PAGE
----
Friday, August 03, 2007

Chesterton and Women at Home with their Children

This is an interesting article, making liberal use of a quote I particularly love of GKC's to make a good point about children needing their mothers when they are young. Now that my children are older, I wonder when "young" ends? They still seem to need me. ;-)


  1. At any rate moms never cease being moms, no matter how old their children get.

  2. Cf. GKC:

    For instance, there is that long stretch of silence in the life of Christ up to the age of thirty. It is of all silences the most immense and imaginatively impressive. But it is not the sort of thing that anybody is particularly likely to invent in order to prove something; and nobody so far as I know has ever tried to prove anything in particular from it. It is impressive, but it is only impressive as a fact; there is nothing particularly popular or obvious about it as a fable. The ordinary trend of hero-worship and myth-making is much more likely to say the precise opposite. It is much more likely to say (as I believe some of the gospels rejected by the Church do say) that Jesus displayed a divine precocity and began his mission at a miraculously early age. And there is indeed something strange in the thought that he who of all humanity needed least preparation seems to have had most. Whether it was some mode of the divine humility, or some truth of which we see the shadow in the longer domestic tutelage of the higher creatures of the earth, I do not propose to speculate; I mention it simply as an example of the sort of thing that does in any case give rise to speculations, quite apart from recognised religious speculations.
    [GKC The Everlasting Man CW2:321-2]

    But also:

    "The Clavicle has a thin epiphysis covering its sternal end. This may start to fuse at any time between the 18th and 25th years. Between the 23rd and 31st years (mostly between 26th and 29th) all undergo terminal fusion. It is the last of the long bone epiphyses to fuse."
    [Grant's Atlas of Anatomy figure 99, emphasis added]

    (Was He waiting until He was full-grown?)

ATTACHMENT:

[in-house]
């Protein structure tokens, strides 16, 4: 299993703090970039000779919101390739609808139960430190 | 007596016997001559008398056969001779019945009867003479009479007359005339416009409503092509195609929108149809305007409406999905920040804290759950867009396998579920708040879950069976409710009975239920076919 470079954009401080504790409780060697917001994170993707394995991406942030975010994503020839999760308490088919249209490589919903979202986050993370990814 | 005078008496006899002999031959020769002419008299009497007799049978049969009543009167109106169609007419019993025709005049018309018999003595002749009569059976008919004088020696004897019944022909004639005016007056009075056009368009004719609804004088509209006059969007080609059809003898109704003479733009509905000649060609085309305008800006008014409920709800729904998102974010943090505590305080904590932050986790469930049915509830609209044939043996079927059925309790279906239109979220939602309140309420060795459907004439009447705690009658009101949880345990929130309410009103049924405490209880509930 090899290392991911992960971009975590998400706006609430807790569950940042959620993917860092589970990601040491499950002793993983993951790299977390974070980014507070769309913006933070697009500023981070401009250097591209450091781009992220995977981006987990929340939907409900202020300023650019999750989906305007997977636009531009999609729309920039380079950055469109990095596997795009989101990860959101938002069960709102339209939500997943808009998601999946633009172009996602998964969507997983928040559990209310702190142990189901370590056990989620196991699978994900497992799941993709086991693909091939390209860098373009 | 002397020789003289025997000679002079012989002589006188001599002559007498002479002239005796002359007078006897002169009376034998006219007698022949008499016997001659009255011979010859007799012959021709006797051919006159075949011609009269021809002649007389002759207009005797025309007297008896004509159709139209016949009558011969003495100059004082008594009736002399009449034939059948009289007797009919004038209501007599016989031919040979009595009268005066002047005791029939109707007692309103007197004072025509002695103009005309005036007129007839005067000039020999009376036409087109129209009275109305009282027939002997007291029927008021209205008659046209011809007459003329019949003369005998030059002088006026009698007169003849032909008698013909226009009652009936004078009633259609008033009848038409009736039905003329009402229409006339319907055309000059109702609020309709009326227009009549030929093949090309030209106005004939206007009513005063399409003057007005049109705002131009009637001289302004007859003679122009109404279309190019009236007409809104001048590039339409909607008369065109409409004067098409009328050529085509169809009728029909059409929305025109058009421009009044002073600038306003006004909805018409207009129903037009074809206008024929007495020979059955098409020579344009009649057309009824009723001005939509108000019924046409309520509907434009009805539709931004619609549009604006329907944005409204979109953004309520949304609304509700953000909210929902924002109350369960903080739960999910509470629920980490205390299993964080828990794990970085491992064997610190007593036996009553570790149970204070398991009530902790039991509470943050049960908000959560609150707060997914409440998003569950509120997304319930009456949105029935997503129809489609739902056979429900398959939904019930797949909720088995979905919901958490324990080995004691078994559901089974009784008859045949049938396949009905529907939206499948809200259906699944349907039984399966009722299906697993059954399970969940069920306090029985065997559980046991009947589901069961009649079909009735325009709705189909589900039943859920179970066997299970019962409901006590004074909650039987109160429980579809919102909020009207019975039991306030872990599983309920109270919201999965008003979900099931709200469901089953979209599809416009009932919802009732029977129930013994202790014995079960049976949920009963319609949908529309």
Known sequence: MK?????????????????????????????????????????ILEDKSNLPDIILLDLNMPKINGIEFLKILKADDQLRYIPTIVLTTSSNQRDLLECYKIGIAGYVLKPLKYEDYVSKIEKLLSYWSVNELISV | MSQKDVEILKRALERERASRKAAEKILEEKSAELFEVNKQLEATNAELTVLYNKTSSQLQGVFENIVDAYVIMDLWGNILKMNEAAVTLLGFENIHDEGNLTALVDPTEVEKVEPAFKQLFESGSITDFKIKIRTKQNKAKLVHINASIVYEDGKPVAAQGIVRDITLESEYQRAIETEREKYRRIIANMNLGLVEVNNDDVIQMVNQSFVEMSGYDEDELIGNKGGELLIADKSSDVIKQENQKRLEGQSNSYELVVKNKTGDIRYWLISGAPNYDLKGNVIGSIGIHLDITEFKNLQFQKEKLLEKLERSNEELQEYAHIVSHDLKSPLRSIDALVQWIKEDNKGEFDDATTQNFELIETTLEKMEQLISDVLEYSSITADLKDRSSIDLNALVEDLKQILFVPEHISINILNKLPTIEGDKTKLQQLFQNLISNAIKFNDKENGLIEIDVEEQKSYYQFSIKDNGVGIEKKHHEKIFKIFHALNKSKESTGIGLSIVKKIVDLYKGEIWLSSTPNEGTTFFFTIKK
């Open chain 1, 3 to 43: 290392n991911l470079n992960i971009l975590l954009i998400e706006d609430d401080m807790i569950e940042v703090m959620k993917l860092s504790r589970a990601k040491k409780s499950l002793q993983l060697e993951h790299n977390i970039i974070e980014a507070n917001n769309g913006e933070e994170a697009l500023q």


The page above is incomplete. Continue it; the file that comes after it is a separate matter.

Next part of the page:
--Dr. Thursday

  3. I just blogged on this topic... yes, women are needed at home. But-- they need sanity and a life beyond the materialistic parade of 21st century "stay at home" mom activities [Costco runs, soccer practice, home sales parties, raising designer kids]. I believe that Catholic women need to pool their resources instead of adopting the "poor me; I'm the only one home in the neighborhood" attitude. Let's face it-- most stay at home moms have a college degree and some project management skills: why are they not using them to make their homes [collectively] more efficient? Instead of going insane and reading at a five year old reading level all day, why not have PARTIES and HAVE PEOPLE OVER and GET OUT OF THE HOUSE and build a community with like-minded women?

    I know way too many Catholic moms who are slowly having breakdowns because they have no support. Come on, we are educated-- probably more educated than GKC thought necessary. But have we lost the common sense needed to see that we are not using economies of scale in facing the problem of life at home?

    I'm not a mom, but I'm an aunt of 36. I'm also from a family of 10. Home life is not meant for a mom, a dad and one kid. We are social creatures and things work better when there's a crowd. It's also a lot more fun. I know about economies of scale and think most women are incredibly inefficient and self-pitying in this regard.

    And, yes, your kids need you--- but don't you need them too? They should be baking bread, doing jobs, making intelligent intellectual comments, and acting like human beings. They can come up to it, if you expect it!

  4. In other words, GKC's tribute to women "giving their all" at motherhood is not a call for women to become inefficient sado-masochists.

    I'm very sick of "mommy wars" and I think that the "mommy warriors" are more concerned about themselves than the children they purport to raise.

    Again, kids need to "grow up" [even at age 5] which means to be unselfish and giving. Instruct them to do this and don't worry so much about them needing you. We all need each other. "Man only finds himself in the sincere gift of himself" [Gaudium et Spes]

    Of course, Nancy, your kids need you. Everyone you meet needs you. That's why God put you on this earth.

    Yet-- demand the same from them. Maturity equals generosity and love.

  5. Thank you for your comments Ellen. However, I wish to say that it's very easy to look at the situation from the outside and not quite understand it.

  6. When Jesus Christ was four years old
    The angels made him toys of gold
    Which no man ever had bought or sold.

    And yet with these he would not play.
    He made him small fowls out of clay
    And blessed them till they flew away.
    Tu Chriosti, Domine.

    Jesus Christ, thou child so wise
    Bless mine heart and fill mine eyes
    And bring my soul to paradise.

    ~ Hilaire Belloc


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